There are many reasons for this reaction, some more obvious, others less so. For many American Jews raised in the Reform tradition, the Temple was an absent symbol, removed from the liturgy in 1818 in order to “modernize” Judaism and make it more palatable for the German Jews who took their religious and cultural cues from their Christian surroundings. For those who, like myself, grew up in Israel, there was a complexity of a different kind: the absent Temple, replaced by the Muslim Haram al-Sharif compound with its famous golden dome, became the center of the messianic obsession of religious right wing groups that call for its reconstruction and the renewal of its priestly practices. Talking, writing, and even thinking about the Temple was viewed as a loaded political act instead of a cultural gesture.

Many of us are unaware of how central the memory of the ruined Temple and the yearnful fantasy of its rebuilding were to our ancestors' Jewish consciousness. The destruction of the second Temple by the Romans in the year 70 CE was a formative moment in the collective Jewish mind, a trauma that we’ve never really healed from. The Temple symbolized a golden era of innocence, of wholeness, that we have not experienced since its destruction. It wasn’t only the falling out of grace with God, the loss of the sense of Chosenness—it was also the loss of the physical, sensuous elements of our faith and culture, and making do with mere words instead.

One of the most important elements of the Temple was its immense beauty: “He who has not seen the Temple in its full construction has never seen a glorious building in his life,” says the Talmud, elaborating on the magnificent colors of the fine marble with which King Herod built it. Some rabbis state that it was built of yellow and white marble. Others say yellow, blue and white marble. According to the Talmud, Herod intended at first to overlay it with gold, but the Rabbis told him, “Leave it alone for it is more beautiful as it is, since it has the appearance of the waves of the sea.” Other parts of the Talmud tell of the magical fruit bearing trees made of pure gold that were planted in the first Temple by King Solomon and would miraculously yield their fruit every season. My favorite parts are the Talmudic discussions of the priestly garments; a story is told about a certain High Priest whose mother made for him a fine linen tunic worth the enormous sum of twenty thousand minahs. Once this garment was ready his fellow priests would not suffer him to put it on because he looked naked in it, his bare flesh shining through the fine material as wine shines through a glass goblet.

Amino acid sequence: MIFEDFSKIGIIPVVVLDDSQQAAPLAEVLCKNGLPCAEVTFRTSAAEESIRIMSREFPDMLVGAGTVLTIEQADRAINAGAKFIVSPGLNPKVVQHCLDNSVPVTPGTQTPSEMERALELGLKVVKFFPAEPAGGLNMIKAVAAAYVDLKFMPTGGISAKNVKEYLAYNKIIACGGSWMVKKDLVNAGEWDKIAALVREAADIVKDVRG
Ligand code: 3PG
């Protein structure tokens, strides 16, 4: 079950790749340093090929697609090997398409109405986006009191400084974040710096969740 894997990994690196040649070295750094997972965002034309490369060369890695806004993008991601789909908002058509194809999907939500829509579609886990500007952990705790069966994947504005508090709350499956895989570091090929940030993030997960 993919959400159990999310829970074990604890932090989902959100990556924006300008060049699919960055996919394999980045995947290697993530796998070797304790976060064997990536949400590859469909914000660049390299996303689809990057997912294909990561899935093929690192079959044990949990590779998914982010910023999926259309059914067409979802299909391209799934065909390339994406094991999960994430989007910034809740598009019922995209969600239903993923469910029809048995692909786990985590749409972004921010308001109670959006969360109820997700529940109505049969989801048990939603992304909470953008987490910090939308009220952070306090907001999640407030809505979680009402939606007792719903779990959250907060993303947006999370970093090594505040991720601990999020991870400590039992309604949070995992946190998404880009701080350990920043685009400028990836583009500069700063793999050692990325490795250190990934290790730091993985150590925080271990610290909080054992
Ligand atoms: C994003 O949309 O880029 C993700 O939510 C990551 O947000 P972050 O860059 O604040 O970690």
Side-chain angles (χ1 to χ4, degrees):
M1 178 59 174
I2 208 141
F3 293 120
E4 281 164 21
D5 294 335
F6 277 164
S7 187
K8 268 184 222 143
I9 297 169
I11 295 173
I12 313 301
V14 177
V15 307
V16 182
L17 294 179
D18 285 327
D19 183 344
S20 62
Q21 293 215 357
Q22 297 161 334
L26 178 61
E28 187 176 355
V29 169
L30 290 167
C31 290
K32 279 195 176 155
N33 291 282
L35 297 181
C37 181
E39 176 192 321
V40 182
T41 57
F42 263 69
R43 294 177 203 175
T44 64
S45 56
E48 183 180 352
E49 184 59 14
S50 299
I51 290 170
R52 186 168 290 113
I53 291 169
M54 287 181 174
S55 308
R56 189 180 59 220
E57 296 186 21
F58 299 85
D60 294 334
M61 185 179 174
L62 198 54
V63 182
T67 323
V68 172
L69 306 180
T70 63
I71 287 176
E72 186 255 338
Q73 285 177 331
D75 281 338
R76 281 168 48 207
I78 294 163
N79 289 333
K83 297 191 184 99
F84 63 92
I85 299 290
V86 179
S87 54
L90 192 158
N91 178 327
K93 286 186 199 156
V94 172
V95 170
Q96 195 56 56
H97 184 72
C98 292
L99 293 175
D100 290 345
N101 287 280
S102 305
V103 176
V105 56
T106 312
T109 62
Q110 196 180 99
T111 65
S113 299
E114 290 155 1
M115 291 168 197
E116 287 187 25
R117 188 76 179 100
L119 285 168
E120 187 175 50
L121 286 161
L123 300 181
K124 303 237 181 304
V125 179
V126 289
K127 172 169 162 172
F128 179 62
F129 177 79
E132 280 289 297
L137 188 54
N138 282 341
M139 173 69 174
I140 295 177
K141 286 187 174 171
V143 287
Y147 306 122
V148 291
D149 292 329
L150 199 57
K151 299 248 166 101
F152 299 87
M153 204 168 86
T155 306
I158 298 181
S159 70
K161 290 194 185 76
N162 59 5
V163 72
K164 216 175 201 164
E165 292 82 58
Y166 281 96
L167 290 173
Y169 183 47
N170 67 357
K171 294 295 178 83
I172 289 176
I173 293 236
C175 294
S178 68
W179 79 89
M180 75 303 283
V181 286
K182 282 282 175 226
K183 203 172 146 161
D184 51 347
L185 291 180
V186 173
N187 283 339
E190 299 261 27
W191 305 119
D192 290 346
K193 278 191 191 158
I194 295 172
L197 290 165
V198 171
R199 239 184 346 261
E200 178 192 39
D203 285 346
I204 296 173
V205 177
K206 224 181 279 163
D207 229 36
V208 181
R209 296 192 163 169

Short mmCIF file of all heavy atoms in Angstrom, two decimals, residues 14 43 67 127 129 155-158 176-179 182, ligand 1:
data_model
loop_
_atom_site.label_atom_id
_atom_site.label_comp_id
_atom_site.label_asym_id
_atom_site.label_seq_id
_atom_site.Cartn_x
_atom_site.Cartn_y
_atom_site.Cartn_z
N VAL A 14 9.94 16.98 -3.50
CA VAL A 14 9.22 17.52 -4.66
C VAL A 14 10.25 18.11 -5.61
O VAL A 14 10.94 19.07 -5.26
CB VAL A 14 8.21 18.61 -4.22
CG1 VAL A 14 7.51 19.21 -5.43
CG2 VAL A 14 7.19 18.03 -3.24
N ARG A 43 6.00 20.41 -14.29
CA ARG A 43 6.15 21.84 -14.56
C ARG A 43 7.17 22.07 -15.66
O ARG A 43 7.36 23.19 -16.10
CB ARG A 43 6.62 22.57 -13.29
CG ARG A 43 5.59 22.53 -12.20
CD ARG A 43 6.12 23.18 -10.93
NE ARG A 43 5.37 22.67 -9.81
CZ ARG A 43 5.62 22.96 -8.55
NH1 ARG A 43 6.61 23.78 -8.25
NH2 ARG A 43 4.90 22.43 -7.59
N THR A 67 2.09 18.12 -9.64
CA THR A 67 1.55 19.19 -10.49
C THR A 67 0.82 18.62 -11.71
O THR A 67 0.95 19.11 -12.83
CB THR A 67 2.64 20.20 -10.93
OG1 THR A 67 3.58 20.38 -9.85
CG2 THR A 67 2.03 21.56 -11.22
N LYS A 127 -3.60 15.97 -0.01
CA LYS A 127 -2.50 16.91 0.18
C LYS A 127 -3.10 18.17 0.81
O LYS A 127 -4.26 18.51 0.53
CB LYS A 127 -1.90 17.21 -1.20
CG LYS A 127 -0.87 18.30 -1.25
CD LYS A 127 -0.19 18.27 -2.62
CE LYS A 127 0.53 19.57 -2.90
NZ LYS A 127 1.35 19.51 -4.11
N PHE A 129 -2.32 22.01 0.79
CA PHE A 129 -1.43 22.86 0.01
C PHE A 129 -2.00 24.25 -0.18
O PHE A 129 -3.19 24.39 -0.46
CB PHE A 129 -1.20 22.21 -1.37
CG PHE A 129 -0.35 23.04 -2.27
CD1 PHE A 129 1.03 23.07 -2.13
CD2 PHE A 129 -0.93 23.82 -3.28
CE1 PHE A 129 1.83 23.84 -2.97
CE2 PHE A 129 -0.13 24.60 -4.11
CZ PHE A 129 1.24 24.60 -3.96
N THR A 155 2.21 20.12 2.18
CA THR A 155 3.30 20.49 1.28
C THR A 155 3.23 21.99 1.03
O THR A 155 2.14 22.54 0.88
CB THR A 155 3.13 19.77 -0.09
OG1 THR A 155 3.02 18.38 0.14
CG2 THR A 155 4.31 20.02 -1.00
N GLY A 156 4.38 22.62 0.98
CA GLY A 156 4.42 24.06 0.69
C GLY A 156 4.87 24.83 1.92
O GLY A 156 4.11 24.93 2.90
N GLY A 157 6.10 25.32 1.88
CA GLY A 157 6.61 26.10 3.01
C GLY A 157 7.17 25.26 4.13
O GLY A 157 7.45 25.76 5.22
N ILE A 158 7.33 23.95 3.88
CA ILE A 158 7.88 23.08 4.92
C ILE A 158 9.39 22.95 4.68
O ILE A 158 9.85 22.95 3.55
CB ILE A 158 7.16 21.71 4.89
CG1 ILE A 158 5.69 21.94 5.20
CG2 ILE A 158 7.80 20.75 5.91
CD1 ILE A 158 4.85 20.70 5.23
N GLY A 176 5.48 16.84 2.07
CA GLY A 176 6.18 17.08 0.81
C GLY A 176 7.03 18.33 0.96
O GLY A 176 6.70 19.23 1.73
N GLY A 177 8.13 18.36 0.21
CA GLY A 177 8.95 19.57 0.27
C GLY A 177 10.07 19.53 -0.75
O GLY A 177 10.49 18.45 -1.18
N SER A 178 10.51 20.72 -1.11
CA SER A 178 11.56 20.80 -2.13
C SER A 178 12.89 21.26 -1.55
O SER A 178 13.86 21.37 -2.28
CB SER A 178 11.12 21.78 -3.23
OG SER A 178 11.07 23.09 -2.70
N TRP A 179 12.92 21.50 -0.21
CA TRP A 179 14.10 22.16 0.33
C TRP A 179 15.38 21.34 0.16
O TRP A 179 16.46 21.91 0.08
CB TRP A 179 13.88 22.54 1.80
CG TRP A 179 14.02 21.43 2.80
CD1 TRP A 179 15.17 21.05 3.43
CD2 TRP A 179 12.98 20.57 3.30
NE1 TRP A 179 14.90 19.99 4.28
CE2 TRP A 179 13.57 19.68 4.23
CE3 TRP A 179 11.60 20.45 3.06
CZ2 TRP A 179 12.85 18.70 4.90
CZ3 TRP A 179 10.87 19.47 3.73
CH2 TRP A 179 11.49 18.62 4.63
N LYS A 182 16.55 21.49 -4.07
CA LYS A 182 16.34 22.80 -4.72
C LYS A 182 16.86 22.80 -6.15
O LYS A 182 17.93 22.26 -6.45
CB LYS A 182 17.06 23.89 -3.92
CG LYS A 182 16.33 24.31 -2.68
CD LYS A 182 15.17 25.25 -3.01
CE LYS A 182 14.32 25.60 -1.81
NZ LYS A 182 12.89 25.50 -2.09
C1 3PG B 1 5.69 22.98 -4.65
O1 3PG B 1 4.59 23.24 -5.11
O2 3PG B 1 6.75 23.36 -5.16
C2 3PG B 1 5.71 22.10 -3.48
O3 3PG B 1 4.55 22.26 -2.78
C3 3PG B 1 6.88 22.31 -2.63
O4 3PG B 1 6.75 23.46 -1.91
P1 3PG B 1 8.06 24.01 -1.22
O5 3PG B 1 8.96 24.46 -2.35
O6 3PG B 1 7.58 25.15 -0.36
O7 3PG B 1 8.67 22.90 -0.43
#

It was that legendary beauty that captivated my imagination and allowed me to stop being afraid to touch this potent cultural symbol, and to embrace the Holy Temple as a vibrant source of artistic inspiration. As a writer, my imagination is ignited by descriptions of immense beauty, riches, excess, and the very intriguing mixture of decadence and holiness, corruption and piety. The more I learned about the Temple from Talmudic and Midrashic stories as well as from the work of ancient historians such as Flavius Josephus, the more drawn I became to its strange and wonderful atmosphere. The grandeur, the pageantry, the obsessive attention to detail and aesthetics, were all so different—and refreshingly so, I may add—from what I knew as Judaism. This symbol became even more vivid for me when I started writing my novel The Ruined House, which describes a year in the life of Professor Andrew Cohen—a charming, successful and totally secular New York Jewish man—who's going through a severe crisis and begins to see visions from the Holy Temple without understanding what he sees and why he sees it. For me, nothing could be more creatively inspiring than the tension between our modern, secular, and intellectual existence, embodied by Professor Andrew Cohen, and our ancient collective memory, embodied by the absent Temple and its mysterious rites and practices.

Ruby Namdar's first novel, The Ruined House, won Israel's highest literary award, the Sapir Prize. He lives in Manhattan with his wife and two daughters.

Image via Flickr/Dennis Jarvis